Australia is the canary in the coal mine of Chinese Communist Party interference. Over the past 18 months, the country has been shaken by allegations of the Chinese party-state working to covertly manipulate the Australian political system and curate the wider political landscape. There are claims of Beijing-linked political donors buying access and influence, universities being co-opted as “propaganda vehicles,” and Australian-funded scientific research being diverted to aid the modernization of the People’s Liberation Army (PLA). Most notoriously, an ambitious young senator, Sam Dastyari, was exposed for parroting Communist Party talking points and giving countersurveillance advice to a Chinese political donor before being hounded into premature retirement.
The scandals might seem odd. Few countries on the planet have benefited as clearly from China as Australia has. Its society has been enriched by waves of Chinese migrants and sojourners for 160 years. Its national income grew as much as 13 percent in a single decade as a result of China’s resource-intensive construction boom, according to the Australian Reserve Bank. And an easing of the resources boom has been offset by the spending power of 180,000 Chinese students and a million tourists each year, along with hundreds of thousands of migrants who have mostly thrived in their new country.
Yet these are the very ingredients that make Australia’s debate over Chinese influence so interesting. Nobody knows what happens when a mid-sized, open, multicultural nation stands its ground against a rising authoritarian superpower that accounts for one in every three of its export dollars. Even the firebrand editorial writers of China’s tabloid press seem unsure. “Australia calls itself a civilized country, but its behavior is confusing,” The Global Times wrote. “While it is economically dependent on China, it shows little gratitude.”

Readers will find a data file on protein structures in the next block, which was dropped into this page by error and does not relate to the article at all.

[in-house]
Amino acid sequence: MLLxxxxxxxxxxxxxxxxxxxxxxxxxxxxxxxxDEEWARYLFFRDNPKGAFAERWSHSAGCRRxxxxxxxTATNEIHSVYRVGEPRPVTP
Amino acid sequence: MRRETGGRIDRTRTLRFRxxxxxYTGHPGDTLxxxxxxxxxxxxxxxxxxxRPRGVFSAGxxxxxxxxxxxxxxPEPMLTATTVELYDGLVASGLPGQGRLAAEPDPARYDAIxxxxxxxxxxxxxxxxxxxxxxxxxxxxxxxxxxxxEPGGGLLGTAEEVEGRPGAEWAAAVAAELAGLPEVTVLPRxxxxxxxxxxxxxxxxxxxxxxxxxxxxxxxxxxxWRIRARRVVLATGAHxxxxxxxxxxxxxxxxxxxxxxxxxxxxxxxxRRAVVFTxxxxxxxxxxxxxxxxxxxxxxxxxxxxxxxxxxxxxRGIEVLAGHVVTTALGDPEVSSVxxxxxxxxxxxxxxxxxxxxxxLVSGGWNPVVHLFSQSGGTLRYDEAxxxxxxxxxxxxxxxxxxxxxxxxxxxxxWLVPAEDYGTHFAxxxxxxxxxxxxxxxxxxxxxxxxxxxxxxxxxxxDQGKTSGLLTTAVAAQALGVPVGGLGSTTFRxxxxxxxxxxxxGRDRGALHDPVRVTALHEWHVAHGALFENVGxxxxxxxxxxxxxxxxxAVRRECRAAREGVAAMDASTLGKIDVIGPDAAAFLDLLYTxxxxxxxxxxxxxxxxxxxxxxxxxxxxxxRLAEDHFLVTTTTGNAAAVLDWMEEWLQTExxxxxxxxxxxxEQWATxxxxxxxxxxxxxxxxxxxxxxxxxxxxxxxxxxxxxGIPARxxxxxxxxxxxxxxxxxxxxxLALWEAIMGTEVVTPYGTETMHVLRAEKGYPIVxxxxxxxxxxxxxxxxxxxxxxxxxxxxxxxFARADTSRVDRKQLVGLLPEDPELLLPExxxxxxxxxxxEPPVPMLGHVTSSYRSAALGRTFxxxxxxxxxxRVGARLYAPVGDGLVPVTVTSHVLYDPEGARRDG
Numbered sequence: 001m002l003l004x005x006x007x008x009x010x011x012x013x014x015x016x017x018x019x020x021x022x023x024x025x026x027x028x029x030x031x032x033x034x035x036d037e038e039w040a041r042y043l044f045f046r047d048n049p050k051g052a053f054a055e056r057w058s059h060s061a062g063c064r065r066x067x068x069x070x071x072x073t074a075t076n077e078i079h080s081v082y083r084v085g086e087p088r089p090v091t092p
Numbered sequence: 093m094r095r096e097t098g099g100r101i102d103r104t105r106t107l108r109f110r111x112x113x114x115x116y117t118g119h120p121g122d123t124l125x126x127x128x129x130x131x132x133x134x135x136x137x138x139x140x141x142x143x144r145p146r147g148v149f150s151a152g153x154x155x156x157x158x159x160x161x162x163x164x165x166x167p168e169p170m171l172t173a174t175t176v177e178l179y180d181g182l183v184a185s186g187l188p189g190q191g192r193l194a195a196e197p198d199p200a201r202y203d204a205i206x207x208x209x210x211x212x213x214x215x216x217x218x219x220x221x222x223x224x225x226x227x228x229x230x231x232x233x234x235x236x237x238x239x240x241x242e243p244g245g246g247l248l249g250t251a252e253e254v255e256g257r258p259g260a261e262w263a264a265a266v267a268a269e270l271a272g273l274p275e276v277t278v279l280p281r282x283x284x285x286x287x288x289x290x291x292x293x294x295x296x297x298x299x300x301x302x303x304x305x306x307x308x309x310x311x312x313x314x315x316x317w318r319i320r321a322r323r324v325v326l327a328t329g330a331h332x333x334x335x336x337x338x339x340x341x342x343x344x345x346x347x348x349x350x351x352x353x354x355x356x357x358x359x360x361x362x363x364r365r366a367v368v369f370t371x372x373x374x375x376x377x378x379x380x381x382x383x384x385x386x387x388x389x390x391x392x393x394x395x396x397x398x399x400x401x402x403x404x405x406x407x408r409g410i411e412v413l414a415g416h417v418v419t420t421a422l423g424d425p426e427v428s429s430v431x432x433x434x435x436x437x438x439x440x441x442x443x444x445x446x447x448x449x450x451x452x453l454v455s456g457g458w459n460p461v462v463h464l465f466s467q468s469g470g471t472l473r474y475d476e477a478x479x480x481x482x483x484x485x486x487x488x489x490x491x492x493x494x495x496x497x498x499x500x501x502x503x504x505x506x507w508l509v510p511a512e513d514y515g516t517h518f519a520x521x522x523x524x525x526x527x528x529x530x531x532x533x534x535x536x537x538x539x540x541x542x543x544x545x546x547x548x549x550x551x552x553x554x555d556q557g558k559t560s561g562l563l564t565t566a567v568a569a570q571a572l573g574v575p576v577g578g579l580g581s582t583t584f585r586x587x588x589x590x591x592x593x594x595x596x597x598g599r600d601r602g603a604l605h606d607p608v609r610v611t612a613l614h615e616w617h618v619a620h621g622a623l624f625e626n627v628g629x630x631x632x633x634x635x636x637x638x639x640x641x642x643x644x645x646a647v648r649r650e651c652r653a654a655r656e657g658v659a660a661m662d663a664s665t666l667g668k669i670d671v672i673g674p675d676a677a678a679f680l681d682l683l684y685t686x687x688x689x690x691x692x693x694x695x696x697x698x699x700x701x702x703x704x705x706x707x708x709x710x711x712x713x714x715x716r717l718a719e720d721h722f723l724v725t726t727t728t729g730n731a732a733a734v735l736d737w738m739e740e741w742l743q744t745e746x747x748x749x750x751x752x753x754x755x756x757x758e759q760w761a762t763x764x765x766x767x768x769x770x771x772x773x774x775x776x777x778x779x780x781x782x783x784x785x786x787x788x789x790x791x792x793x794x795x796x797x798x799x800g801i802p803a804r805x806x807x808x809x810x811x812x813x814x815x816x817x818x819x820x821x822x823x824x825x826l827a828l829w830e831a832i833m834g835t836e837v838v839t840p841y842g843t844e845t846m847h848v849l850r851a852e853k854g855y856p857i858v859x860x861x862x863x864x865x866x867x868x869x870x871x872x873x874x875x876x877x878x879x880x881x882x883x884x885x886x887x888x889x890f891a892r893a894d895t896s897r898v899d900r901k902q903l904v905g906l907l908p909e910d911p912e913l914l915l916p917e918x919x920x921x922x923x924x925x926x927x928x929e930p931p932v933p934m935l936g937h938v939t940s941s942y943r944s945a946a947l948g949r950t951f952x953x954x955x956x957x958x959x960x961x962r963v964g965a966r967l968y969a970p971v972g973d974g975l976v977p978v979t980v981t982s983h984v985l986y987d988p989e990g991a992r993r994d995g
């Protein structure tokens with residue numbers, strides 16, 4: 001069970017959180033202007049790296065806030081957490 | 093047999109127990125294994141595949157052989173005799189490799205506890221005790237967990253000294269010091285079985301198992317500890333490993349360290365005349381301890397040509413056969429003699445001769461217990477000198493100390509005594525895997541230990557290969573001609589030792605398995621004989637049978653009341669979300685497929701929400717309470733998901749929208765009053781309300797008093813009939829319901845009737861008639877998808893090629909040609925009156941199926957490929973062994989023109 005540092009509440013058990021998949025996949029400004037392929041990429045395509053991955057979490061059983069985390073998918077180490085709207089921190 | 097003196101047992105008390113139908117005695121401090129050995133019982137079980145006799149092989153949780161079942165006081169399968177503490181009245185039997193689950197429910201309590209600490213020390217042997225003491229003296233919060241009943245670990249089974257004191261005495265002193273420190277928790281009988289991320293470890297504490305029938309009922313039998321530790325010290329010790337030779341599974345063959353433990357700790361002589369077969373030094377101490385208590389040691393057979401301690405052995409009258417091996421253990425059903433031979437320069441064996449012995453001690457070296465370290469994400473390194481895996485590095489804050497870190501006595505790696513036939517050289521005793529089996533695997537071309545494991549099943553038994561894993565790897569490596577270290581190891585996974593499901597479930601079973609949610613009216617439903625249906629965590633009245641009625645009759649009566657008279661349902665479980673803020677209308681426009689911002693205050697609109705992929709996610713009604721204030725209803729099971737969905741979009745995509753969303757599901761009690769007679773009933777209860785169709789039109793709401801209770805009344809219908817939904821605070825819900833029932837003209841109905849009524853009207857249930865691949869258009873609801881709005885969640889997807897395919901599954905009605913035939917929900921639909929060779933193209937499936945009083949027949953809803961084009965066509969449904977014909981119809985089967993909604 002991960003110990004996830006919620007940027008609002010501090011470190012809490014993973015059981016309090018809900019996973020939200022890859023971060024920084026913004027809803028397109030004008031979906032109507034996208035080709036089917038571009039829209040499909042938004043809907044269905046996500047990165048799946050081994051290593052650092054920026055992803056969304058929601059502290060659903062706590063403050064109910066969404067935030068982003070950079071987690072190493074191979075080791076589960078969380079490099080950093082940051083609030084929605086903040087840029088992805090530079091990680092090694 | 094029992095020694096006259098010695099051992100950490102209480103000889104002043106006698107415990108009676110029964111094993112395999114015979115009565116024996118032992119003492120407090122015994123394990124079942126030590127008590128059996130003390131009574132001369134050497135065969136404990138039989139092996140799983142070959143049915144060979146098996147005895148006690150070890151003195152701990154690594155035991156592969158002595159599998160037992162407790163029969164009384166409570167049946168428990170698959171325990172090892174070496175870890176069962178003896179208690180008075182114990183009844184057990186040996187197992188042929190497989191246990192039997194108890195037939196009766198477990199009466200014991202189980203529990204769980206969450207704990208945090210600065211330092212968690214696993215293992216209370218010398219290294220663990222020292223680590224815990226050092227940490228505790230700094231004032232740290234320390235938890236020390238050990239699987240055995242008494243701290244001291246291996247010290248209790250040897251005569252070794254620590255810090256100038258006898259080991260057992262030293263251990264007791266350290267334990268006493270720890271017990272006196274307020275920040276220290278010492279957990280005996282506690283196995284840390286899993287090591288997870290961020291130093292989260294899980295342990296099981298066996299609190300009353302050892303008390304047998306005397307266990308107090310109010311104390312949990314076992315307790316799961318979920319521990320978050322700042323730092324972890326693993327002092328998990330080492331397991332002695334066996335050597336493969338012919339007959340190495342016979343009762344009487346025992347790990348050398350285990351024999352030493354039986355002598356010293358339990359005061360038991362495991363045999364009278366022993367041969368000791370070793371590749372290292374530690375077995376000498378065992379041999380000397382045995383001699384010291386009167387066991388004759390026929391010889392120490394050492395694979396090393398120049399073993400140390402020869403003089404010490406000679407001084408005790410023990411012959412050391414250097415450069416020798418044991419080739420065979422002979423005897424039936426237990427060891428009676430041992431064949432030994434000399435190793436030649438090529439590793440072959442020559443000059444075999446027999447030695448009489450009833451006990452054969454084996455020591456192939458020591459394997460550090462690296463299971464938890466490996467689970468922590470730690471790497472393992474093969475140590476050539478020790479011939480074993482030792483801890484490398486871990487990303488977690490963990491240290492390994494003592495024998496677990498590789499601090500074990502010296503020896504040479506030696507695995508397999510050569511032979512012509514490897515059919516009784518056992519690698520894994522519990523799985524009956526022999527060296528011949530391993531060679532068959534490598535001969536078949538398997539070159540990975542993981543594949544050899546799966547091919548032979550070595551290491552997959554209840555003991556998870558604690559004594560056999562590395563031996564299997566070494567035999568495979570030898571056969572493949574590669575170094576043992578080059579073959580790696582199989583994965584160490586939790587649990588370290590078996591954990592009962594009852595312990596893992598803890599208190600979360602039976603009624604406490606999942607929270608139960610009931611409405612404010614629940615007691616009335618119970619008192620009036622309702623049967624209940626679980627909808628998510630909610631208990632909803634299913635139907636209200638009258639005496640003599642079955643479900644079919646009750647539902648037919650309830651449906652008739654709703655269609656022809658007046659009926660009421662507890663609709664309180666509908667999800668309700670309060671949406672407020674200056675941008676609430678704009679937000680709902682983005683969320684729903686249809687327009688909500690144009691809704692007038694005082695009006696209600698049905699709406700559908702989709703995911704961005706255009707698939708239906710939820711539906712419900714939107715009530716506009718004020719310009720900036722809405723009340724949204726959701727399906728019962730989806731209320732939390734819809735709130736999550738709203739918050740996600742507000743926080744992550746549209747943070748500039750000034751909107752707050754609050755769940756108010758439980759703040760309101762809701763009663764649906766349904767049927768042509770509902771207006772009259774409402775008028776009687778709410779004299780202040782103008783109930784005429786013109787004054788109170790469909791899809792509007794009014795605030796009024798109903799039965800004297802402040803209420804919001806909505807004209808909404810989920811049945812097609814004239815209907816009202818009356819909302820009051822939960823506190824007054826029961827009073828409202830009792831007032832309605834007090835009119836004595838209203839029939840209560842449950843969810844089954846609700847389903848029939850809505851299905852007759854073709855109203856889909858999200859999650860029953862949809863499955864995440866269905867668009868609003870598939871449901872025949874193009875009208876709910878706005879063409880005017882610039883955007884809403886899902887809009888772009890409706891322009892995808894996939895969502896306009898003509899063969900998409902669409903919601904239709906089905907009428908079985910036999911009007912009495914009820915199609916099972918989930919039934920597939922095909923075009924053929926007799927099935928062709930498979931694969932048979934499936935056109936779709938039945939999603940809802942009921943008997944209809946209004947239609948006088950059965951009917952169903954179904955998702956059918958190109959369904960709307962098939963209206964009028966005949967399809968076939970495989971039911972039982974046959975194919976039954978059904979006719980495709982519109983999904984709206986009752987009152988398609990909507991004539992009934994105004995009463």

The Australian conversation has evolved from amorphous anxieties about Chinese influence and soft power into more precise concerns about covert interference by the Chinese Communist Party. Media reports are shedding light upon a hidden world of inducements, threats, and plausible deniability. They reveal a dimension of risk that sits between the poles of economic attraction and military force, which Western Sinologists, diplomats, and national security officials had not previously focused on. The more we learn, the more it seems that there is little that is soft about the way the party wields power beyond its borders.
The distinctive part of the Australian experience is not what China is doing there but how Canberra is pushing back in the face of threats from Beijing.
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